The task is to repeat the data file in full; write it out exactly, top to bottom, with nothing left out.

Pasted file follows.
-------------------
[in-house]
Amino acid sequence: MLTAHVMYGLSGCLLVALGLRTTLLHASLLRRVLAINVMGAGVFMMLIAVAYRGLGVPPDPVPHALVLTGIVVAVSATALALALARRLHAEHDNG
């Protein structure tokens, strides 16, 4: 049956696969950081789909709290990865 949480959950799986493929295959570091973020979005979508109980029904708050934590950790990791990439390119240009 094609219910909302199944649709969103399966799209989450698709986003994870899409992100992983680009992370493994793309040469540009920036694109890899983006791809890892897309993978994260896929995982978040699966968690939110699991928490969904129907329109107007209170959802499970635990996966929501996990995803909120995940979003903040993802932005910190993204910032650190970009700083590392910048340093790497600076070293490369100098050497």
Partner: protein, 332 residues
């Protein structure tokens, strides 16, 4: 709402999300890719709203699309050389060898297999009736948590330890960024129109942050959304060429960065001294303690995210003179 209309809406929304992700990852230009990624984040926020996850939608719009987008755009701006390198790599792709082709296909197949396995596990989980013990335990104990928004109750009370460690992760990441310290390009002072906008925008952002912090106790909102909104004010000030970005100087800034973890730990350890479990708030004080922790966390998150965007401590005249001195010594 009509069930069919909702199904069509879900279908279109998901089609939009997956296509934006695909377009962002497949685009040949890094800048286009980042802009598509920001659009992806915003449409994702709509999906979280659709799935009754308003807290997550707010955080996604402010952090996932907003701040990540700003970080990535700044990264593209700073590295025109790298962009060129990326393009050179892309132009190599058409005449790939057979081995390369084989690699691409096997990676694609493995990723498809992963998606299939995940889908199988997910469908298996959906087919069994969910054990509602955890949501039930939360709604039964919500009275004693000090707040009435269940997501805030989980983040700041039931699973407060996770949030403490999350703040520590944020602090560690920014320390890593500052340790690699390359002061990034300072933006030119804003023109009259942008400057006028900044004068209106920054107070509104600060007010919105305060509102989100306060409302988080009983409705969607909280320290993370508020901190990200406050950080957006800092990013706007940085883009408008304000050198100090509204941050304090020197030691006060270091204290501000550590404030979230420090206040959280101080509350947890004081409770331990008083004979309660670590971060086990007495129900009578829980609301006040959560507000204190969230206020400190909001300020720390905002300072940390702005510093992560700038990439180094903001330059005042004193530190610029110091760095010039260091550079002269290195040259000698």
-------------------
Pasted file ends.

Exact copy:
[in-house]
Amino acid sequence: MLTAHVMYGLSGCLLVALGLRTTLLHASLLRRVLAINVMGAGVFMMLIAVAYRGLGVPPDPVPHALVLTGIVVAVSATALALALARRLHAEHDNG
């Protein structure tokens, strides 16, 4: 049956696969950081789909709290990865 949480959950799986493929295959570091973020979005979508109980029904708050934590950790990791990439390119240009 094609219910909302199944649709969103399966799209989450698709986003994870899409992100992983680009992370493994793309040469540009920036694109890899983006791809890892897309993978994260896929995982978040699966968690939110699991928490969904129907329109107007209170959802499970635990996966929501996990995803909120995940979003903040993802932005910190993204910032650190970009700083590392910048340093790497600076070293490369100098050497």
Partner: protein, 332 residues
């Protein structure tokens, strides 16, 4: 709402999300890719709203699309050389060898297999009736948590330890960024129109942050959304060429960065001294303690995210003179 209309809406929304992700990852230009990624984040926020996850939608719009987008755009701006390198790599792709082709296909197949396995596990989980013990335990104990928004109750009370460690992760990441310290390009002072906008925008952002912090106790909102909104004010000030970005100087800034973890730990350890479990708030004080922790966390998150965007401590005249001195010594 009509069930069919909702199904069509879900279908279109998901089609939009997956296509934006695909377009962002497949685009040949890094800048286009980042802009598509920001659009992806915003449409994702709509999906979280659709799935009754308003807290997550707010955080996604402010952090996932907003701040990540700003970080990535700044990264593209700073590295025109790298962009060129990326393009050179892309132009190599058409005449790939057979081995390369084989690699691409096997990676694609493995990723498809992963998606299939995940889908199988997910469908298996959906087919069994969910054990509602955890949501039930939360709604039964919500009275004693000090707040009435269940997501805030989980983040700041039931699973407060996770949030403490999350703040520590944020602090560690920014320390890593500052340790690699390359002061990034300072933006030119804003023109009259942008400057006028900044004068209106920054107070509104600060007010919105305060509102989100306060409302988080009983409705969607909280320290993370508020901190990200406050950080957006800092990013706007940085883009408008304000050198100090509204941050304090020197030691006060270091204290501000550590404030979230420090206040959280101080509350947890004081409770331990008083004979309660670590971060086990007495129900009578829980609301006040959560507000204190969230206020400190909001300020720390905002300072940390702005510093992560700038990439180094903001330059005042004193530190610029110091760095010039260091550079002269290195040259000698």